Today's News

  • Hall: ‘No excuse for bad behavior’

    County Council Chair James Hall said he felt ashamed of the behavior exhibited by various community members caught up in the skate park project set for construction in downtown Los Alamos.

  • School renewal takes shape

    Nine months away from a likely school bond referendum that has not been formally set, Los Alamos Board of Education President Steve Girrens and retiring Superintendent Jim Anderson sounded like the election plan was all but a go.

    Speaking at a Kiwanis Club luncheon Tuesday, Girrens laid out the 20-year program that many civic and community groups will probably see over the next several months.




    We want to thank all those friends who came to George’s retirement celebration at Bethlehem Evangelical Lutheran Church.

    It was a wonderful turn out and it gave us an incomparable memory to treasure. You have been most generous in your outpouring of cards, gifts and comments to George, and we are most grateful.

    This is a community we love and the people here are indeed a blessing in our lives.

    Thank you, each one.


    Joann and George Anderson

    Celebrating 20 years

  • Thinking Makes It So: A little magnificent

    Of all my memories of Shanghai, I most clearly recall sitting on the bus. Specifically, I remember looking out at miles of e hi-rises, hundreds of them, bland, uniform, claustrophobic as gravel, but overwhelmingly big, filling up both ground and sky.

  • KSL absorbed; IMTEC bought

    Two recent announcements played on the sensitive nerve of employment uncertainty in the Los Alamos community. One was about the acquisition of IMTEC a rapidly growing manufacturing company that got its start in Los Alamos as HYTEC and employs a few dozen people locally.

    The other was about a decision to end a primary support services subcontract involving 876 employees at Los Alamos National Laboratory.

    HYTEC to IMTEC to 3M

  • Three teachers help shape young minds

    They may live in different communities, have different backgrounds, but Diane Jenkins, Barbara Cruz and Jennifer Moss are united in one purpose; teaching the newest generation of students.

    In recognition of these three teachers’ work to accomplish this mission, Little Forest Playschool staff honored its employees during the annual corporation meeting May 15. They each received a plaque and a flower.

    “(I’m) just proud to receive that plaque,” Jenkins said. She added she is happy to work with the children, and their parents.

  • Aspen Elementary donates 2,300 books to clinics

    The third grade GATE program at Aspen Elementary School collected 2,300 books for the Checkerboard Area Health System waiting rooms.

    Used children’s books in good condition were needed to make the waiting rooms more patient friendly, and the Checkerboard Area Health System worked to comply with the CAHS Community Guidance Council’s request for books.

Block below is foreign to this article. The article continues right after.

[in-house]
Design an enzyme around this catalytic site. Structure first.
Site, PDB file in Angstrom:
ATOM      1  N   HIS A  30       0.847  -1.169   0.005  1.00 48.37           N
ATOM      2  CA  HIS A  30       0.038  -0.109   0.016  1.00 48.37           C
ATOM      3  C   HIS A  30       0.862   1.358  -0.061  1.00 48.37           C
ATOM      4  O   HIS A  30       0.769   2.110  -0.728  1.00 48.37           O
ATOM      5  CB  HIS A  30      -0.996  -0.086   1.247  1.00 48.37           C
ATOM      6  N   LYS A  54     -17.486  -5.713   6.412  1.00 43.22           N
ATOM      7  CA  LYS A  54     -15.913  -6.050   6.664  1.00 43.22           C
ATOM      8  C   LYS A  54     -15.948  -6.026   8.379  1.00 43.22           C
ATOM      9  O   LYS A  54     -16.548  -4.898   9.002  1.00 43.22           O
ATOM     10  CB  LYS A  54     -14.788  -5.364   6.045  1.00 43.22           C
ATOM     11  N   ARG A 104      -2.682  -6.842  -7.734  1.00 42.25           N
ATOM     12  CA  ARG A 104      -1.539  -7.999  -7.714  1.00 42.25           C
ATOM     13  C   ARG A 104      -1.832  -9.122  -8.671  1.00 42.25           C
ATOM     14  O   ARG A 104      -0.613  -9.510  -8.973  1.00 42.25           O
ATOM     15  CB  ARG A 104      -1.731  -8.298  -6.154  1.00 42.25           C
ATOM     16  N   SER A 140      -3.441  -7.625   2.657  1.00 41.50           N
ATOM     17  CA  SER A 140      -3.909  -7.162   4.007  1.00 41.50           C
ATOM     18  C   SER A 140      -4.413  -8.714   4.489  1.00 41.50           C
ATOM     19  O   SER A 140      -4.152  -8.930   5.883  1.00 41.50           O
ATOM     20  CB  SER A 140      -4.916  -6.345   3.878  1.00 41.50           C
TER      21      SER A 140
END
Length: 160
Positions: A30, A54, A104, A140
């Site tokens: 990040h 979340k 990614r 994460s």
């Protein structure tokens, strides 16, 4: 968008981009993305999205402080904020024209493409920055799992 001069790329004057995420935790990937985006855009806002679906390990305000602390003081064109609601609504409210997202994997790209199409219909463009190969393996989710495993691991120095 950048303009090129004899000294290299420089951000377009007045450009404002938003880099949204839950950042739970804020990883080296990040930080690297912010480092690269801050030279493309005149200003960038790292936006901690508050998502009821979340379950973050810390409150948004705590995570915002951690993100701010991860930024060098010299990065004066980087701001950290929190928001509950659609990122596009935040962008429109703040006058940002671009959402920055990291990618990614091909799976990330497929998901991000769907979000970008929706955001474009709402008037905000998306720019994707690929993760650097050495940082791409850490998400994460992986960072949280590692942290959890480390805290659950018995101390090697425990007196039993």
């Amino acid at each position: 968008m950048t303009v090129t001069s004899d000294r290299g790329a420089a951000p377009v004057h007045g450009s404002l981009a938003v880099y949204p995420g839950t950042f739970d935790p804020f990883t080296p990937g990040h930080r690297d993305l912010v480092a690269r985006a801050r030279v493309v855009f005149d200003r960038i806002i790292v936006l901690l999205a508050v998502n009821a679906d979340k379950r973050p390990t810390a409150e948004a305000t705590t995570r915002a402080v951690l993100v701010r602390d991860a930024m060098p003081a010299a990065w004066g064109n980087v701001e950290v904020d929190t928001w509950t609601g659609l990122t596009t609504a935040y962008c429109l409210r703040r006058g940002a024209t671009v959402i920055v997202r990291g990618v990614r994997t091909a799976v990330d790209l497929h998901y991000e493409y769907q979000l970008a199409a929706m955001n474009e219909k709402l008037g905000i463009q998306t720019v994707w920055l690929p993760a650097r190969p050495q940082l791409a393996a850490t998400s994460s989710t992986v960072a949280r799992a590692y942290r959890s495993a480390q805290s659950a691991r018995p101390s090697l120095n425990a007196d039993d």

Several other donors contributed to the book drive. Jemez Valley Medical Clinic and the Cuba Health Center received multiple donations of children’s books.

  • Patrols to begin Friday

    In an effort to make Los Alamos County roads safer, officers from the Los Alamos County Police Department are cracking down on drunk drivers.

    The agency will conduct saturation patrols starting Friday and continuing throughout the weekend.

    The DWI saturation patrols are aimed at helping police detect and arrest motorists who choose to drive after drinking, said Sgt. Andrew Goldie, adding that during this period, officers will be out in force.

  • Kirk says JJAB took no stand on skate park locale

    In the discussion of a new skate park in front of Mesa Public Library during Wednesday’s Planning & Zoning meeting, Commissioner Ann Wadstrom described the Juvenile Justice Advisory Board as “the organization pushing for this location...”

    JJAB Chairman Alan Kirk takes exception to that characterization saying Wadstrom’s remarks are either “misinformed or the result of a misunderstanding.”

  • HIPAA limits patient disclosures

    The Los Alamos County Fire Department responds to daily calls ranging from house, car, building and brush fires to emergency medical calls, canyon rescues, automobile accidents and false alarms.

    Assistant Fire Chief/Fire Marshall Michael Thompson explained that because the vast majority of calls received pertain to medical issues, the fire department is limited in what they can disclose to the public by the Health Insurance Portability and Accountability Act of 1999 (HIPAA Act).